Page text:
According to the Preservation Board application, Hannah Demolition would take down the main yellow brick structure at 686 Amherst, which was erected in 1892, when the predecessor business opened. The firm would also demolish two wood-framed residential and commercial buildings at 666 and 668 Amherst  dating to 1910 and 1900, respectively  and a brick-and-white-siding house around the corner at 1634 Elmwood, dating from 1935.

According to the application, the buildings are considered an "innovative" design, but are not a "visual landmark in the neighborhood or city."

Making neon signs, a dying art

Nothing stands out like the red glow of a neon sign in the night. A sign at Voelker's shows a bowling ball making a strike.

Chronicles continues a weekly look back at an illustrated map of Buffalo from 1880 and examines how the features on that map have — or haven’t — changed over 138 years. Click here to explore the map. On the 1880 map, it’s a bit difficult to distinguish Amherst Street between Elmwood and Delaware avenues because in 1880, two out of

Voelker's has been a fixture of the area for more than 80 years, with its two colorful, flashing neon signs perched atop the roof along both Amherst and Elmwood. With its 50s-style diner, full wraparound bar, game room, pool room and the lanes themselves, it was also a frequent destination for players, leagues and parties.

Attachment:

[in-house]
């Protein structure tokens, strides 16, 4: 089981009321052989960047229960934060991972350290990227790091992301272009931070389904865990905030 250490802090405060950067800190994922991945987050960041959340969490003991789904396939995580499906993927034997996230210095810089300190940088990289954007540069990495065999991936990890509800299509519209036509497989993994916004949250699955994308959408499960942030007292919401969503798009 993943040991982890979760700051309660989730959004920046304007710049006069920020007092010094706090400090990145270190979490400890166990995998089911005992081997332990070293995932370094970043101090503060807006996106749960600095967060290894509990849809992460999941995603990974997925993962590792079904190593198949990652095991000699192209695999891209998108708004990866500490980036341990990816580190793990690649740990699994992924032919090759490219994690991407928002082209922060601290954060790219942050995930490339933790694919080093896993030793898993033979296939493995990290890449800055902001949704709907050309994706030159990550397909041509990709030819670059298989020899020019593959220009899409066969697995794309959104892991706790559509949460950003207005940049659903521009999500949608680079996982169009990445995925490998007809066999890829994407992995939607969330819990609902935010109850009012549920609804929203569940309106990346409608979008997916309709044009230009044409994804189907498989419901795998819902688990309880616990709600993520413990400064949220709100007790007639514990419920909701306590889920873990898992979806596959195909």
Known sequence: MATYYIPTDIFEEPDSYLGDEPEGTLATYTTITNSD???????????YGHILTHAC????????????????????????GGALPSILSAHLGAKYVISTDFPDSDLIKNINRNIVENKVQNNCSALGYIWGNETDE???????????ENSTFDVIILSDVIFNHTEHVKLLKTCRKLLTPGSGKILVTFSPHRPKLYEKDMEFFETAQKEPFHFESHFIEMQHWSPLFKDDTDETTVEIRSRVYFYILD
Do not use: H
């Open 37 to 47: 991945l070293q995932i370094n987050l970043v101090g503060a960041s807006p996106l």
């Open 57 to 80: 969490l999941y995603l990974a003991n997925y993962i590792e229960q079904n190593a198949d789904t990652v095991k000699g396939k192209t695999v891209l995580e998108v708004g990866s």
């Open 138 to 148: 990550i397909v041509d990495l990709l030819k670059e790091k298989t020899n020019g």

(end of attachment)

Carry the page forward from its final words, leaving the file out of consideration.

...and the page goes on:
1005469872 Voelker's kirkham

Paul Biddle of Eggertsville and his twin 9-year-old sons, Beau, on left, and Bruno, bowl at Voelker's Lanes in Buffalo on Aug. 8. They ended up being the only customers there that night, which is not unheard of during the summer. (Robert Kirkham/Buffalo News)

It's the oldest bowling alley in the city, and was featured in the recent movie "Clover."

Krista Voelker has owned and operated the alley for the past dozen years, after her father, Glenn D. Voelker, retired in 2008, two years after her uncle Mark died. Glenn and Mark had taken over the alley from their parents, Edward and Frances Voelker, who had installed the first set of lanes in 1941, in what had been a former hotel and tavern that Krista Voelker's great-grandfather, Karl, had built and run at Elmwood and Amherst after immigrating from Germany.

Feb. 21, 1949 – July 7, 2018 Glenn D. Voelker, longtime owner of Voelker’s Bowling Center, a beloved classic venue for the sport in Buffalo, died unexpectedly Saturday while vacationing in Baltimore. He was 69. Born in Buffalo, the youngest of four children, he worked in the bowling center as a boy and attended Riverside High School and East

Despite that history, though, Golombek said he doesn't feel it should automatically be protected.

"In one regard, it's historic, because it was so old and it was a hotel during the Pan Am (Exhibition)," he said. "At the same time, I don't know if it's necessarily historic just because it's old."

He added, "I’m not opposed to demolition for the sake of demolition at this point. If they put something in there that's attractive and nice, it could be a win-win for the community."

The Buffalo News: Good Morning, Buffalo